Britain looks to renegotiate trade deal with U.S. by dropping Airbus-Boeing retaliatory tariffs

With the U.K. leaving Europe on January 1, 2021, Liz Truss, the U.K. Trade Secretary, is looking to negotiate an independent deal with the U.S over trade tariffs the U.S. imposed on Europe (including the U.K.) after the World Trade Organization (WTO) gave the go ahead for penalties to be applied after it was revealed that Airbus, Boeing’s principal rival, had been in receipt of financial aid at favorable terms which broke international regulations. In addition, citing national security issues, a fact that is hotly disputed in its accuracy (Britain’s trade department says: “any claim that U.K. steel and aluminum imports harm U.S. national security is false and without foundation.”), the U.S has also imposed substantial tariffs on U.K. steel and aluminum imports to the U.S. 

“Ultimately, we want to de-escalate the conflict and come to a negotiated settlement so we can deepen our trading relationship with the U.S. and draw a line under all this,” Truss said. Britain will reserve the right to reimpose the tariffs. Truss meanwhile said the rollover of the EU’s tariffs on steel and aluminum shows “we are protecting our steel industry against illegal and unfair tariffs — and will continue to do so.” Yet within that, she said, Britain is “also showing the U.S. we are serious about ending a dispute that benefits neither country.”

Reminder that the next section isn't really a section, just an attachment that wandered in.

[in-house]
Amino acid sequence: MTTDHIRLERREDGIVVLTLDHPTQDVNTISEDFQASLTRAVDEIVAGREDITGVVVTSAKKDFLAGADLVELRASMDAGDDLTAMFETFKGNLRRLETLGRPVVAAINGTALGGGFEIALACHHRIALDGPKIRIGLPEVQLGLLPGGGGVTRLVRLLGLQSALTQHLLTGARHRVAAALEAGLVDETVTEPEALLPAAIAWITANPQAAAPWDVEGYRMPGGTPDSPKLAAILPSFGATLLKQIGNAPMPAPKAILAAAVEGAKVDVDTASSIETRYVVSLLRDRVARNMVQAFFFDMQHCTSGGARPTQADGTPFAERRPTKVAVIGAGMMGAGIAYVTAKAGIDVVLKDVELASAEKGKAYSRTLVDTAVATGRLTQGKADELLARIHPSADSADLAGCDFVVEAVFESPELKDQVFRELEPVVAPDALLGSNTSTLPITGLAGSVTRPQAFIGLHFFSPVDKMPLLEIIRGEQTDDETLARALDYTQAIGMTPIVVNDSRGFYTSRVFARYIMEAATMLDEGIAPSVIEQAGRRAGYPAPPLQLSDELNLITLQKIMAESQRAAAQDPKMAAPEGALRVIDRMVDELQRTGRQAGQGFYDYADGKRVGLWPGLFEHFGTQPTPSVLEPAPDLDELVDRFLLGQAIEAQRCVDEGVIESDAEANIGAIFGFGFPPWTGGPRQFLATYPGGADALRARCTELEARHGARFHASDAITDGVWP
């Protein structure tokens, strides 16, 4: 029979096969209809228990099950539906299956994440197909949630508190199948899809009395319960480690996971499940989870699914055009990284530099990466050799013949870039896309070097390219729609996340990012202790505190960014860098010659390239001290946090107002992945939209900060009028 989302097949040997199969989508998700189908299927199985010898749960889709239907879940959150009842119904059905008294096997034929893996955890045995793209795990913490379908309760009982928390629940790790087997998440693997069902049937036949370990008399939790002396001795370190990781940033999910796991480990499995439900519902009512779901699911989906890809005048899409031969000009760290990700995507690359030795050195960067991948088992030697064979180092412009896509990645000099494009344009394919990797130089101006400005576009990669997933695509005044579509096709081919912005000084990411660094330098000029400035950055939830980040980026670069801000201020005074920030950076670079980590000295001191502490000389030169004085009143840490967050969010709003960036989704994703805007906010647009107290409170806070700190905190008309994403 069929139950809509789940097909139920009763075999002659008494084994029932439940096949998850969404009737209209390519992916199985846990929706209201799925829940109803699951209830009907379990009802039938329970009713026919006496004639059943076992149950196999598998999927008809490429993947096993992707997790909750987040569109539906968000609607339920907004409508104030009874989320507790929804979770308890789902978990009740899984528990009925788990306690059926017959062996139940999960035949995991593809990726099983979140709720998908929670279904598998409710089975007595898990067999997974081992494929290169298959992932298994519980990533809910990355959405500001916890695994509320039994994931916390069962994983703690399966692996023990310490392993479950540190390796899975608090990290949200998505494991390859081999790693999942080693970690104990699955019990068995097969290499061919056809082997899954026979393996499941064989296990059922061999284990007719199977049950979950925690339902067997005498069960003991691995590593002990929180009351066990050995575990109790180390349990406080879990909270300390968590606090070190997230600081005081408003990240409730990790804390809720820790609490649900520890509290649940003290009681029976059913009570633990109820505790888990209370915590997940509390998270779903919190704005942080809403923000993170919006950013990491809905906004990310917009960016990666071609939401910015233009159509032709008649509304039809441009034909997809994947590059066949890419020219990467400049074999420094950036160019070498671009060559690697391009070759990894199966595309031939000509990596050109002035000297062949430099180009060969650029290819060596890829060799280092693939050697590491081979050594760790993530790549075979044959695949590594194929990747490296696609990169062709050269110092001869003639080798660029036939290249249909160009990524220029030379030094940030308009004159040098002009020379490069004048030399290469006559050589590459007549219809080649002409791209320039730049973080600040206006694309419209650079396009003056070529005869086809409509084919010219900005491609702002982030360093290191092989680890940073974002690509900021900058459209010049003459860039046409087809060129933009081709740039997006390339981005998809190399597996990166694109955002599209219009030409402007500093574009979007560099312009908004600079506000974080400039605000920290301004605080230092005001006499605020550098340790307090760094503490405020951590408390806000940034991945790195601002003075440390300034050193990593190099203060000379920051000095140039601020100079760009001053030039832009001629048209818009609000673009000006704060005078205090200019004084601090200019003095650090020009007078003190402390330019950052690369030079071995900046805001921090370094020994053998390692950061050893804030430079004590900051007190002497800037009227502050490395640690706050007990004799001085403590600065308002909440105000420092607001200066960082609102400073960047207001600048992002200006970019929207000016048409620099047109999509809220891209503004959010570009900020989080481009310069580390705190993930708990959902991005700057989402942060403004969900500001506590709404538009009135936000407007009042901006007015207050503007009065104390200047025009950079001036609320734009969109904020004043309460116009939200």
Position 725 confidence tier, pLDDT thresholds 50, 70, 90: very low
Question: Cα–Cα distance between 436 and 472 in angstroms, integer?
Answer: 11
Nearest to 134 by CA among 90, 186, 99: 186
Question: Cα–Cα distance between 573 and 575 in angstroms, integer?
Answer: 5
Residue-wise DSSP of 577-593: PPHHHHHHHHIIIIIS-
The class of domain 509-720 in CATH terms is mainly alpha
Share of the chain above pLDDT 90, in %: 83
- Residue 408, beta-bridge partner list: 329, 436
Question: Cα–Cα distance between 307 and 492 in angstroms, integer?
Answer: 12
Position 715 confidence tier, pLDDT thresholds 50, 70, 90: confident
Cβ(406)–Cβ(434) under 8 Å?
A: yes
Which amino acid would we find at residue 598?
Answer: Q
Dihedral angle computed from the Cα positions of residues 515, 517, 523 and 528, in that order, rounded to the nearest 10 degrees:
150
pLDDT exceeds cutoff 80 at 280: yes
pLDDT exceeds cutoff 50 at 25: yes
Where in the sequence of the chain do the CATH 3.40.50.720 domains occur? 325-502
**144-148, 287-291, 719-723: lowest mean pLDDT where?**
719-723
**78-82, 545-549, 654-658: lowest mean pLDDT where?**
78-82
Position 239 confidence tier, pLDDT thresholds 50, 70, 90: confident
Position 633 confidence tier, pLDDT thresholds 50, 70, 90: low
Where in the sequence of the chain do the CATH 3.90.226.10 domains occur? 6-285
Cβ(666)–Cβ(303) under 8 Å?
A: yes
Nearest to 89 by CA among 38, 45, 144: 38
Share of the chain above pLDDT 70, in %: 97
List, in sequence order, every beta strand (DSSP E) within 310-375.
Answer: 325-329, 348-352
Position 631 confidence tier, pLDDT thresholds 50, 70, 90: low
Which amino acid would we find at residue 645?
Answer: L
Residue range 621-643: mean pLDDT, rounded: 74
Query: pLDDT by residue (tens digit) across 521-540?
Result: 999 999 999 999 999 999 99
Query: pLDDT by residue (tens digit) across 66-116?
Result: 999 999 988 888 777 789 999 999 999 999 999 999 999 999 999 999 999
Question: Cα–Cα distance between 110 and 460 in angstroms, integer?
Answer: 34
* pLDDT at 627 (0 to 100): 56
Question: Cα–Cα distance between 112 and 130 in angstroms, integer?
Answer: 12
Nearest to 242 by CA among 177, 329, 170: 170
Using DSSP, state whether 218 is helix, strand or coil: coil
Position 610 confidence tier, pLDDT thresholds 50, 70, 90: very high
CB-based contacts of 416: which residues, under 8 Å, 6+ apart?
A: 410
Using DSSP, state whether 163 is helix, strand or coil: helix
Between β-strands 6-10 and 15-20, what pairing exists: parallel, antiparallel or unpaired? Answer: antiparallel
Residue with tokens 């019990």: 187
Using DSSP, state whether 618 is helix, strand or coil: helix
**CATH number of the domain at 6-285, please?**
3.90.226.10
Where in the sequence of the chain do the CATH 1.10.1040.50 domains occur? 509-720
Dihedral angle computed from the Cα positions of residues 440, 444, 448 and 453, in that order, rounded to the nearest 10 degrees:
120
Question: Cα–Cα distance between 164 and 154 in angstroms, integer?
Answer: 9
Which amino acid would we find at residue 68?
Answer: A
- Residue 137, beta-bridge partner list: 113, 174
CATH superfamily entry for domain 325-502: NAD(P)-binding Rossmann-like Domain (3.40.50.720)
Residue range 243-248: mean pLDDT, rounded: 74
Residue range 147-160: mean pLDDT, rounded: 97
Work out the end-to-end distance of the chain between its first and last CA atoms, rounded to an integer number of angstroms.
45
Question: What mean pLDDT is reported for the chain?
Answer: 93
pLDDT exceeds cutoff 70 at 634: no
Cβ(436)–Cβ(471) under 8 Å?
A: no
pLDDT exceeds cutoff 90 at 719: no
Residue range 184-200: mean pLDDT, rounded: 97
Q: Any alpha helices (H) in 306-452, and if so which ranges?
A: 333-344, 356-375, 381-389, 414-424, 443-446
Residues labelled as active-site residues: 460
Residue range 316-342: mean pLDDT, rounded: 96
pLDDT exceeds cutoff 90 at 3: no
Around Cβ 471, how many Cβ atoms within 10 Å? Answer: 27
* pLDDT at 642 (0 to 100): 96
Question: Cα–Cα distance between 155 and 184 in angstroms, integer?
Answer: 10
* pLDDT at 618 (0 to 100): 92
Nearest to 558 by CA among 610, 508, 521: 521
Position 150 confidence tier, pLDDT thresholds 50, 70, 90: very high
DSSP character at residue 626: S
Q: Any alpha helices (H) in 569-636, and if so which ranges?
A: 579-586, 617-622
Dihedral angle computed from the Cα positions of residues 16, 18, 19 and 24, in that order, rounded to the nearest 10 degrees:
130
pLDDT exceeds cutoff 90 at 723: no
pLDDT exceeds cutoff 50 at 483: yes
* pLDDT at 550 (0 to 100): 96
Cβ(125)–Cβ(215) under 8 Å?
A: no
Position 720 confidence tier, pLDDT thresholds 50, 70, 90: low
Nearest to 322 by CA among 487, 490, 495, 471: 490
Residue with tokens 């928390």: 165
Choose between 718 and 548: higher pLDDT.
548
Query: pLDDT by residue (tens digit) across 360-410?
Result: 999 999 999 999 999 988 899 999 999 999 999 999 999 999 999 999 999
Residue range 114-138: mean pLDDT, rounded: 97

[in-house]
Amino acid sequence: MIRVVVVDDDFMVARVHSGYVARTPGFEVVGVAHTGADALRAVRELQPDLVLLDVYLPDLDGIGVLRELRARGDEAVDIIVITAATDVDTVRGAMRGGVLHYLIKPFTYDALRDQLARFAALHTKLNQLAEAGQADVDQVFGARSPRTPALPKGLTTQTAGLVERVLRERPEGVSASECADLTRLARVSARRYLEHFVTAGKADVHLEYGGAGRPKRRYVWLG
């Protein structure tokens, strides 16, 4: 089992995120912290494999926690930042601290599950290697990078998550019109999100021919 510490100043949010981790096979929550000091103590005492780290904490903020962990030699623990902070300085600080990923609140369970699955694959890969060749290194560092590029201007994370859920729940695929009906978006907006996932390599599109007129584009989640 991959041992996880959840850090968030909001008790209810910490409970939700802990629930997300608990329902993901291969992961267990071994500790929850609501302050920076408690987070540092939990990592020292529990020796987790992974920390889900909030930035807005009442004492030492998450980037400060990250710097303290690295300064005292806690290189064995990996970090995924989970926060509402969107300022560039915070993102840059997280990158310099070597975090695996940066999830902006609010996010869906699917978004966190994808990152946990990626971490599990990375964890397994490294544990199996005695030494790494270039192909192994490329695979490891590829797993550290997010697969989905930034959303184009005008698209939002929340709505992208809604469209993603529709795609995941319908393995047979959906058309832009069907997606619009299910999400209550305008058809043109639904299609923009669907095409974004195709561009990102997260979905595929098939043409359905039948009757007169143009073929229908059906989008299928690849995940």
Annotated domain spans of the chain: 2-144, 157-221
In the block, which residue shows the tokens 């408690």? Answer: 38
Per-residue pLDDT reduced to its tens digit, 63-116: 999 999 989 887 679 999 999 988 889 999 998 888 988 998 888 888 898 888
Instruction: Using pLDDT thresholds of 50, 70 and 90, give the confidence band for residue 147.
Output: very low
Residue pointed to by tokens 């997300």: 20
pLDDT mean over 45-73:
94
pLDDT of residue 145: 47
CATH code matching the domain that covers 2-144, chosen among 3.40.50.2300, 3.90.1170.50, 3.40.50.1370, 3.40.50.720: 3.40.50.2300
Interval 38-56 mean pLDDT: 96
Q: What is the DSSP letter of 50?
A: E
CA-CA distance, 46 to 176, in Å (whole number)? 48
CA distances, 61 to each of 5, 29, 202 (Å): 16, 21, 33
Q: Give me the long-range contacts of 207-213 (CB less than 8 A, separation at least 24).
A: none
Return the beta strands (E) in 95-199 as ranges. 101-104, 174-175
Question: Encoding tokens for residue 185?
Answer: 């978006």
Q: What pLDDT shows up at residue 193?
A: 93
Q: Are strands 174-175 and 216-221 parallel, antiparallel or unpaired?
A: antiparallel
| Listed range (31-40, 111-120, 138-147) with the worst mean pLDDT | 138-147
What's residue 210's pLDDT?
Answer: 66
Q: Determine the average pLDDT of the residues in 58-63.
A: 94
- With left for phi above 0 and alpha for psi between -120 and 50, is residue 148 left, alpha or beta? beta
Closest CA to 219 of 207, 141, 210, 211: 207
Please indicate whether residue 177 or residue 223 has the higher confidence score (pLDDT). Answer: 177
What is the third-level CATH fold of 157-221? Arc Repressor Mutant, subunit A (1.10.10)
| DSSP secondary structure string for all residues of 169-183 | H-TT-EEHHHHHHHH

Europe had now been granted the right to impose up to US$4 billion in tariffs on U.S. exports after it was revealed that Boeing had also been in receipt of funding, the favorable terms of which broke WTO regulations. While Britain looks to use that right to de-escalate the current ‘trade war’ between the U.S. and European countries, Donald Trump, the outgoing U.S. president, has instead threatened to greatly increase any tariffs on Europe if they began imposing tariffs the WTO have agreed it can. The U.K.’s problem, from a legal standpoint, is that when the WTO granted Europe the right to impose retaliatory sanctions on the U.S., it did not name specific countries and, as of January 1, 2021, the U.K. will no longer be part of Europe and therefore the WTO’s decision on European tariffs will no longer apply to it.

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